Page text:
The World's Most Beautiful Airports That Are Worth Your Stopover
How many hours do you spend on the airport during flights? How many hours do you actually want to spend on an airport?
Airports have become little hubs of culture and aesthetics, as more and more people travel and spend their stopovers or waiting times at the airport. More than waiting areas and launch pads for your next flight, some airports have become destinations in themselves, featuring beautiful architecture, fresh concepts and ideas, and even nice food options.
If you're planning for your next connecting flight or dreading your next 4-hour layover, might as well consider going through these airports, which will make your stopover a much more enriching experience.
Wellington International Airport
The Wellington International Airport is one of the airports located inside New Zealand, beautifully designed by Studio Pacific Architecture, and Warren and Mahoney. Although the airport services limited flights, mostly around New Zealand and Australia, the airport is a beautiful piece of art that makes for a nice stopover.
Inside the airport is the popular “The Rock,” a term coined for the building after it was expanded and redesigned in 2010. The new roof lights and the freshly designed perimeter windows make for a spectacular view from inside and outside.
Images from Thermosash
In terms of facilities, the Wellington International Airport is fully equipped with beautiful dining areas, lounges, baggage centers, and duty-free shops.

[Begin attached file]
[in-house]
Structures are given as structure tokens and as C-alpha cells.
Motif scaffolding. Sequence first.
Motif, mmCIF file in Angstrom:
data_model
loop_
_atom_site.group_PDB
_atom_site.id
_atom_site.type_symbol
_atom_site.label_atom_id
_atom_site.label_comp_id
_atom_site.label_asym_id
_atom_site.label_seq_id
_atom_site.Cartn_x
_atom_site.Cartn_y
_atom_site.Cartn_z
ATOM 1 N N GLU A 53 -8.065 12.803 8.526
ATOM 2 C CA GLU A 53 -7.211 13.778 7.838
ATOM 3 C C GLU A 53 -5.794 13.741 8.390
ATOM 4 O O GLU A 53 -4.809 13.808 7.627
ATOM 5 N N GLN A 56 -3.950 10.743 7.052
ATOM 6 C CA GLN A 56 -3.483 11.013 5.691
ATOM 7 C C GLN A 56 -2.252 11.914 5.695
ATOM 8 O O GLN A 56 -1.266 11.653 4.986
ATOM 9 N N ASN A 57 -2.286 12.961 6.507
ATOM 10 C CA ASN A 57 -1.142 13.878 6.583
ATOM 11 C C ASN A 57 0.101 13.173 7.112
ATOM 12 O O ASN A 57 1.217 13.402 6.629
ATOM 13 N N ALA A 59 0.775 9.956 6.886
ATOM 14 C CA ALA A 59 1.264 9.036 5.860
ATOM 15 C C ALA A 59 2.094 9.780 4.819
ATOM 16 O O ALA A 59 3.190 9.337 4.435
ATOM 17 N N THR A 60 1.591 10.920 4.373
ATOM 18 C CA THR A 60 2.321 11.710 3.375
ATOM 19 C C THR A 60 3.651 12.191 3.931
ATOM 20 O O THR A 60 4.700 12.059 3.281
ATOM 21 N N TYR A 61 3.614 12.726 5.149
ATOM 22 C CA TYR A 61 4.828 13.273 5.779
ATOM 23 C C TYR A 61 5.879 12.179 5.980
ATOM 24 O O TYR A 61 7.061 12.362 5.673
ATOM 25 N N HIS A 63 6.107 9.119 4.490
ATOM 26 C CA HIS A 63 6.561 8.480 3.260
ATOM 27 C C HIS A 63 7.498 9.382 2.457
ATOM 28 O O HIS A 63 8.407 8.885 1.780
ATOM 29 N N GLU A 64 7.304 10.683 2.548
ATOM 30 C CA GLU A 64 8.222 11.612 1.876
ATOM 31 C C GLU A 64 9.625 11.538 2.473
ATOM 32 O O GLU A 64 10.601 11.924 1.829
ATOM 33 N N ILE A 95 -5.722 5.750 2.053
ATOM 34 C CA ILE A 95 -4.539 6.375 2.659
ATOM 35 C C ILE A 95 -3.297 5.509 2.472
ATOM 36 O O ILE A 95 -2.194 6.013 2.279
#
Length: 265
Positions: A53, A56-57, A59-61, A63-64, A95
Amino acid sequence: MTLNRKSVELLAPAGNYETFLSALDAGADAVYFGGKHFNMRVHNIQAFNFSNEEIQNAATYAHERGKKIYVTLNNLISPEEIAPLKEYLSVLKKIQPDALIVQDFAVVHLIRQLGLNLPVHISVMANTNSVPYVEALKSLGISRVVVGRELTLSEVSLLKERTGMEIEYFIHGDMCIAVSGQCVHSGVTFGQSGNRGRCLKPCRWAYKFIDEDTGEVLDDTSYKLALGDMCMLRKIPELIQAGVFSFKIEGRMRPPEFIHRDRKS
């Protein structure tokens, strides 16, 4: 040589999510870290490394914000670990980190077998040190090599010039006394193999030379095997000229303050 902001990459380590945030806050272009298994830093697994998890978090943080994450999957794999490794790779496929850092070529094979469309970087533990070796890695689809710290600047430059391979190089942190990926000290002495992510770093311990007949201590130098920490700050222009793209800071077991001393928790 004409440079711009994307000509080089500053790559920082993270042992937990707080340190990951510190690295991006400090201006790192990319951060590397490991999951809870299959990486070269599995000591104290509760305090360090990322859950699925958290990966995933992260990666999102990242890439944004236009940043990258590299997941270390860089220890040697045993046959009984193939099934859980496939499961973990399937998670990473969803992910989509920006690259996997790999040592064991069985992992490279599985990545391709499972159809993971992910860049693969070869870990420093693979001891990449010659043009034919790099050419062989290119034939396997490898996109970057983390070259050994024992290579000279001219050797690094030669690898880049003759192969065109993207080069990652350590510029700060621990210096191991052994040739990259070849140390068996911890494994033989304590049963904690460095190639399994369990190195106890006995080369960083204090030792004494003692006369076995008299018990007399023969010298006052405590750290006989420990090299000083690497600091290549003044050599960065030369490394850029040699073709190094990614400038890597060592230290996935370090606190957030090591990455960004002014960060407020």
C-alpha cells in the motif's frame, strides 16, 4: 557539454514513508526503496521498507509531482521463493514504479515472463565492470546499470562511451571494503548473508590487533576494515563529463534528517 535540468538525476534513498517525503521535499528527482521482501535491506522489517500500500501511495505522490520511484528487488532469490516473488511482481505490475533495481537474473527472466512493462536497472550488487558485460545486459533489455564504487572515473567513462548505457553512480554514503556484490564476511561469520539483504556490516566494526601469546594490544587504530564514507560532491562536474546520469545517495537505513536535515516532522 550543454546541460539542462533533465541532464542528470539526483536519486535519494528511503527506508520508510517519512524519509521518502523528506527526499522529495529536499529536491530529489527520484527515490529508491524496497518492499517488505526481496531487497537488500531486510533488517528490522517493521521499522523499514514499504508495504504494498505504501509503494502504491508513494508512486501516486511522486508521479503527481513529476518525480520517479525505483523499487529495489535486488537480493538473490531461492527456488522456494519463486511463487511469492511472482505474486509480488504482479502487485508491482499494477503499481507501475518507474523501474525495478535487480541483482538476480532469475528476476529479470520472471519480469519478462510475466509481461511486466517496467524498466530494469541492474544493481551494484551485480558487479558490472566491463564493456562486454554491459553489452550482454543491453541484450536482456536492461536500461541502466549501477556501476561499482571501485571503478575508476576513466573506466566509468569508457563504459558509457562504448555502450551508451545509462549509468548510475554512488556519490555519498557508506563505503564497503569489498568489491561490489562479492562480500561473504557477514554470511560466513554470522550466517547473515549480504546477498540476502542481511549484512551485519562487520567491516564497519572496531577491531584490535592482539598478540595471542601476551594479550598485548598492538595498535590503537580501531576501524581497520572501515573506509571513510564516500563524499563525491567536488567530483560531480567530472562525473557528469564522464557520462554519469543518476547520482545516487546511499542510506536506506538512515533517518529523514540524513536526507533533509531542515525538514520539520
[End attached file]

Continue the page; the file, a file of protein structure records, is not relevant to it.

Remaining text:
Images from Thermosash
Beijing Capital International Airport
Beijing Capital International Airport is the main international airport that services the Chinese capital, with three terminals, hundreds of destinations, and a dedicated rail link that connects the terminals. The newest terminal, and also the most beautiful, is the airport's Terminal 3, which was completed in 2008 in time for the 2008 Summer Olympics.
It took almost five years for Terminal 3 to be completed, which was designed by NACO, Foster + Partners, and ARUP. The aerodynamic roof is inspired by the dragon figure, and incorporates Chinese elements into the whole building and runway. It is also one of the most sustainable buildings in China, incorporating environmental design concepts. The skylights are made to face the south-east to maximize the early morning sunlight, and the integrated environment-control system minimizes energy consumption.
Images from Archdaily
Its spectacular design and technology quickly reaped it awards from international award-giving bodies and publications, including the Best Structural Design of the Year by The Emirates Glass LEAF Awards, Favourite Airport by the Condé Nast Traveller Readers’ Travel Awards, Best Transportation by Travel + Leisure 2009 Design Awards.
Images from Archdaily
Kansai International Airport